Gasoline prices spike

Motorists in many cities across Canada got some sticker shock at the gas pumps Friday, with prices up three cents or more per litre in places, including Vancouver where they topped a whopping $1.37 for regular.

TORONTO — Motorists in many cities across Canada got some sticker shock at the gas pumps Friday, with prices up three cents or more per litre in places, including Vancouver where they topped a whopping $1.37 for regular.

Prices were also up more than three cents per litre in Toronto, where the average was just under $1.32 a litre, according to price monitoring website

Montreal was showing a smaller increase of just under a penny a litre, but that raised the average price in Quebec’s largest city to almost $1.36. Elsewhere, Halifax held steady at $1.33, Regina was up two cents at $1.287 and Edmonton was up six-tenths of a cent at $1.163.

Nationally, the average price was a little over $1.28 per litre, with average prices ranging from a low of just under $1.18 in Alberta, up seven-tenths of a cent, to a high of almost $1.38 in Newfoundland, up a penny.

However, those prices were still below the national average all-time high of just over $1.42 a litre for regular unleaded set in September 2008 amid hurricane weather in the Gulf and just a couple of months after West Texas intermediate crude spiked to a record intraday high in July of US$149.68 a barrel on the New York Mercantile Exchange.

There was relief of sorts in the Northwest Territories, however. Prices there dropped 10.4 cents Friday, but that still left the average cost per litre at about $1.37, second highest in the country after Newfoundland.

South of the border gasoline prices, although nowhere near as high as in Canada, have increased for 24 straight days and now top US$4 a U.S. gallon (3.78 litres) in five states and could rise to that level in a number of other areas by the weekend, experts say. The last time U.S. drivers saw prices that high was in the summer of 2008, just before the economy went into a tailspin.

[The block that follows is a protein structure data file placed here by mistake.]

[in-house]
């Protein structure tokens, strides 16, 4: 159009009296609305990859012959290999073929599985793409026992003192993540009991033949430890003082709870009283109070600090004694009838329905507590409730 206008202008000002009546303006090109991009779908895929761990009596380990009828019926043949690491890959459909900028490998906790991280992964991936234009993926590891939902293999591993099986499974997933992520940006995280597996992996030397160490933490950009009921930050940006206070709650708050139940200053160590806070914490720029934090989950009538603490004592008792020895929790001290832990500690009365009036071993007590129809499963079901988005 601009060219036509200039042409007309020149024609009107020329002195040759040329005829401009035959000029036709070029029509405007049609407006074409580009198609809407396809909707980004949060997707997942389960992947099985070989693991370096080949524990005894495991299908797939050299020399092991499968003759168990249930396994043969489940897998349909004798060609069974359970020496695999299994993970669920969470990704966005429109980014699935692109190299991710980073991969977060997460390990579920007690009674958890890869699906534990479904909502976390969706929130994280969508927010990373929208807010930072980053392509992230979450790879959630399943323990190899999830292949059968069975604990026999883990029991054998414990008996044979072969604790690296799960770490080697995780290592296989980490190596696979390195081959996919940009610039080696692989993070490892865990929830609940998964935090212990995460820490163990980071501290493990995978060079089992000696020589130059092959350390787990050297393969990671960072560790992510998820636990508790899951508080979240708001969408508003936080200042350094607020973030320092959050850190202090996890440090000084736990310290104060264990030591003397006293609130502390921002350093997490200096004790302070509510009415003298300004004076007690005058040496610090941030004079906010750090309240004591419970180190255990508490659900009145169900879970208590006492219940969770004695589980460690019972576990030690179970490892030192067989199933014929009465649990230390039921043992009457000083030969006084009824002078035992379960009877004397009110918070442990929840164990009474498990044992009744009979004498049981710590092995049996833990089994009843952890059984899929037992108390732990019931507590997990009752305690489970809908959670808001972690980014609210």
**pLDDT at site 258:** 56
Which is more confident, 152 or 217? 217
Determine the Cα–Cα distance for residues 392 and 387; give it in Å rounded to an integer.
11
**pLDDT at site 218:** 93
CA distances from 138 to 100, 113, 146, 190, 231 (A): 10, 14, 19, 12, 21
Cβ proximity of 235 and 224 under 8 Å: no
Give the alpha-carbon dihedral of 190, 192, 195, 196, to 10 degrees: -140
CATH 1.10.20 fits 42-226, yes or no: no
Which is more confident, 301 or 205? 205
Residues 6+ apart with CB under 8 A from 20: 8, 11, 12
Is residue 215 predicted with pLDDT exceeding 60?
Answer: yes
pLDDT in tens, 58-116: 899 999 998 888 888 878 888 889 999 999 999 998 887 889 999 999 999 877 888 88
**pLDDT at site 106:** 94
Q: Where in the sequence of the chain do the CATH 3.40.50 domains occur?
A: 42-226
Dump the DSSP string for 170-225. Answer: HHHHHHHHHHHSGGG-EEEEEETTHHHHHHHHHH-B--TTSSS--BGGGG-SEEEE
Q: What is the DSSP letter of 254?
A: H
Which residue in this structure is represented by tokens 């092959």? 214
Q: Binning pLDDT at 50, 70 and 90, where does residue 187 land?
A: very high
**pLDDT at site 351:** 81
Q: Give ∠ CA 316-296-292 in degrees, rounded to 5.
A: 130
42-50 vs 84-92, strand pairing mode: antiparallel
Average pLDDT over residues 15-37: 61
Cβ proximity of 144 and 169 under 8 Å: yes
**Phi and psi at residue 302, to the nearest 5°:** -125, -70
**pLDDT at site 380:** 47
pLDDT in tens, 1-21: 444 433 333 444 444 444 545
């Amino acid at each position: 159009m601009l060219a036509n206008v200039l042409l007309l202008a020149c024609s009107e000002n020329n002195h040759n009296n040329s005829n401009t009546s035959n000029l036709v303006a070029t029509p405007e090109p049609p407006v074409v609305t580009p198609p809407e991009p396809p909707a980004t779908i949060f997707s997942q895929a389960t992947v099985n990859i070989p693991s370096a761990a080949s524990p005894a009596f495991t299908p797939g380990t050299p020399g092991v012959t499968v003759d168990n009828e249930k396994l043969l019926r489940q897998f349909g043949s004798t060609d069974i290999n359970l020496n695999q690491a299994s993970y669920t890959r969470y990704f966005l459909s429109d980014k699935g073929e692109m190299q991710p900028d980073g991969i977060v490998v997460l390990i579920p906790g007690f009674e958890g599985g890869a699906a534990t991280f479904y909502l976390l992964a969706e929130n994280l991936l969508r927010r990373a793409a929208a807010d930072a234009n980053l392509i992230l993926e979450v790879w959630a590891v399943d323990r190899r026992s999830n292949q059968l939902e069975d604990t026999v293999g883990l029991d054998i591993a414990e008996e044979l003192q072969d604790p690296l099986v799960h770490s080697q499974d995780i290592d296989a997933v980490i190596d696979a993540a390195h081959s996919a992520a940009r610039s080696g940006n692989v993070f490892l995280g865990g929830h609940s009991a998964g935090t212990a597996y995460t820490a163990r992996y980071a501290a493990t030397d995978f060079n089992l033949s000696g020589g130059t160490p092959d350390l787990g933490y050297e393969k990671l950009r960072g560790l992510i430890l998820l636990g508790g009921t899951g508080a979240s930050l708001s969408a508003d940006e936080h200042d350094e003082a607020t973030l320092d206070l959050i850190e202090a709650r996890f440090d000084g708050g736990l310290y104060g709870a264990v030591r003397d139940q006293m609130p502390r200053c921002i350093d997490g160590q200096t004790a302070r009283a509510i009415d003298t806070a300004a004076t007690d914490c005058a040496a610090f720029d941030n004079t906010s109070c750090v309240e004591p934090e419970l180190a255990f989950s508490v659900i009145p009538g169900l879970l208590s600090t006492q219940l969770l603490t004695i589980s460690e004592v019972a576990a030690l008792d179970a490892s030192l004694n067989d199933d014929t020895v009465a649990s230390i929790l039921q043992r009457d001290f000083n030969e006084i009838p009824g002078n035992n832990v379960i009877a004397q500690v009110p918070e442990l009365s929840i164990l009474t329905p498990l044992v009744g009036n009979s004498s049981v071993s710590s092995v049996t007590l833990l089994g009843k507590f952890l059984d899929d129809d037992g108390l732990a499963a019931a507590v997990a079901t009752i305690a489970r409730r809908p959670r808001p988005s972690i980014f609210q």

The rapid increase at the pump follows a parallel rise in crude, which had been rising slowly since 2009 but gained momentum as the Libyan rebellion effectively shut down its exports. Crude has jumped 28 per cent since the uprising began in the middle of February.

Oil fluctuated this week amid uncertainty about how much higher it could go, but it resumed its climb on Friday, rising $1.55 to close at US$109.66 on the New York Mercantile Exchange.

Michael Ervin of energy consulting firm Kent Marketing Services Ltd. said Friday’s gasoline prices reflect both the current price of crude oil and the “normal” refiner margin, which wasn’t the case back in 2008.

“What’s different is when we saw those (crude oil) highs in 2008 the price was much less high than it would have been because at that time … North American gasoline demand was way down and that created and unprecedented situation where the refiner margin was very depressed in the springtime at a time when it’s usually very high.”

“We saw relatively high gasoline prices, but much lower than they normally would have been had the normal seasonal rise in the wholesale price taken place.”

This year, besides the recent bump in crude oil prices, there has also been a return of strong demand for gasoline, allowing the refiner margin to show its usual seasonal increase.

“That’s a tough one to explain to consumers, because people don’t generally understand what a refiner margin is all about and don’t understand it increases and decreases according to that commodity’s availability,” Ervin said.

Jason Toews, a co-founder of, agreed that demand and refiner margins along with other factors are boosting pump prices.

“There’s a few things going on right now,” he said. “Of course crude oil is back over $100 per barrel,” and crude oil makes up around 70 per cent of the cost of a litre of gasoline (at current prices).

But Toews added that this is also the time of year when there is a switchover from winter to summer fuel and when some refining capacity is often taken down for maintenance.

“Also, here in Canada, and I’m in Regina, … the weather is cold in the winter, the days are short and the roads are icy and people generally don’t like to do much driving.”

“So when the spring comes the weather has improved, the roads dry, days are longer and people like to do more driving,” driving up demand for gasoline, he said.

“And of course crude oil is high because of some of the international factors, like Libya …. and some of it is speculation, speculators pushing up the price of crude oil and as a result gasoline,” he added.

Meanwhile, Ervin figures prices have peaked, barring “some unprecedented change in crude prices, which I don’t believe will happen, at least based on foreseeable factors.”

“I think the refiner margin is not going to get any bigger. In fact the high margin is encouraging some refinery capacity, which was curtailed in the wake of low demand. Some of that refinery capacity is going to come back on stream in order to, frankly, take advantage of the high margins which, in turn, will create some margin destruction.”

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